Get the help and support you need
Even at the best of times, moving home can be a stressful experience. As we get older, it can be especially difficult, so check through all the lists below for help with the planning stage - dividing the tasks into groups can make things more manageable.
- Don’t underestimate the difference it can make to have the help and support of others when you move house.
- If you don’t have friends or family nearby to help out, consider enlisting the services of a company that specialises in helping older people downsize or move home. Senior relocation services can ease the load by taking care of many aspects of the process and will understand your specific needs.
- Contact a number of local removal firms and talk to them about their business. Do they have experience of helping older people to move? Price is probably not the priority here – having drivers and removal men who are careful and sensitive is more important. Look for a company that is a member of the British Association of Removers or the National Guild of Removers & Storers, which is covered by the Removals Ombudsman.
- Make sure your chosen removal firm has adequate insurance to cover damage or loss to any possessions and get a detailed breakdown of costs, including overtime rates if things run late. Brief the firm on any items needing special packing or treatment, such as valuables or fragile antiques, large items that may need to be dismantled and reassembled, or which could be difficult to manoeuvre, and on any items that you’ll be moving personally.
- Which? Money’s advice on how to choose the best removals company has more information about getting quotes and briefing removals companies.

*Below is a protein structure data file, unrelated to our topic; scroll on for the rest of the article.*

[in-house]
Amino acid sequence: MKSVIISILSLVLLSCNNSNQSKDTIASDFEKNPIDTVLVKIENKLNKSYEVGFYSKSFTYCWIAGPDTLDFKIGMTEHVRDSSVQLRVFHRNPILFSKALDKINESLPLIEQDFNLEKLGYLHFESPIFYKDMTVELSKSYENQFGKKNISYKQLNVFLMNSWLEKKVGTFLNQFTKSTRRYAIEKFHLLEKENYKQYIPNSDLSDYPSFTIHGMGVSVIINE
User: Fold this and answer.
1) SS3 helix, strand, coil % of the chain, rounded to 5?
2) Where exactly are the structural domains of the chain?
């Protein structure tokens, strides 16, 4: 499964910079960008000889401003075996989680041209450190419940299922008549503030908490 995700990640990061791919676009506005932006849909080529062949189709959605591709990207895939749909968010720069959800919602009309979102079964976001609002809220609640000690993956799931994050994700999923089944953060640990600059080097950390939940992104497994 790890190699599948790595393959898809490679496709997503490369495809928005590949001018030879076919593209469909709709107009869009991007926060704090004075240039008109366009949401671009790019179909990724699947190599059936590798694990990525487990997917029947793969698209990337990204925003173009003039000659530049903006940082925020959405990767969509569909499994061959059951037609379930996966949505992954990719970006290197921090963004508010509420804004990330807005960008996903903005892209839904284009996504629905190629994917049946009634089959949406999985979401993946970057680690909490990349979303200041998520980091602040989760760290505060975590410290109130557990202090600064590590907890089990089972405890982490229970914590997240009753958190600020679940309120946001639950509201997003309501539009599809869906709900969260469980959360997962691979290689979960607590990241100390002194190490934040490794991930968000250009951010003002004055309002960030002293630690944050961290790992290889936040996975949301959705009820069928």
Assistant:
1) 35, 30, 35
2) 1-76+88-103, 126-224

Do plenty of advance planning
- Draw up a floor plan of the new home, as accurately as possible. This will help you plan where things will go. Start with big items, such as furniture, and work your way down the list. This will also help later with the packing and de-cluttering.
- It’s a good idea to visit your new property before moving to double-check measurements and see whether there’s room for your curtains, furniture, appliances, etc.
- Make a priority packing list of the things that you’ll want or need to unpack first in the new home (make the kettle top of the list).
- Estimate how many boxes you think you’ll need and which sizes. Think also about packaging for items that may not fit neatly or safely into boxes – what sort of packaging will be best? Bubble wrap is surprisingly versatile for smaller, odd-shaped items.
- It may help to plan the move over two or more days, rather than trying to get everything done in one day. This will allow you time to adjust as you go. For example, if you underestimated the number of boxes required, you’ll have time to buy some more before everything needs to be moved.
I then got out my graph paper and drew a plan of the new house. I made scale bits of furniture and placed them all round the rooms to make sure they would fit.
Sort and de-clutter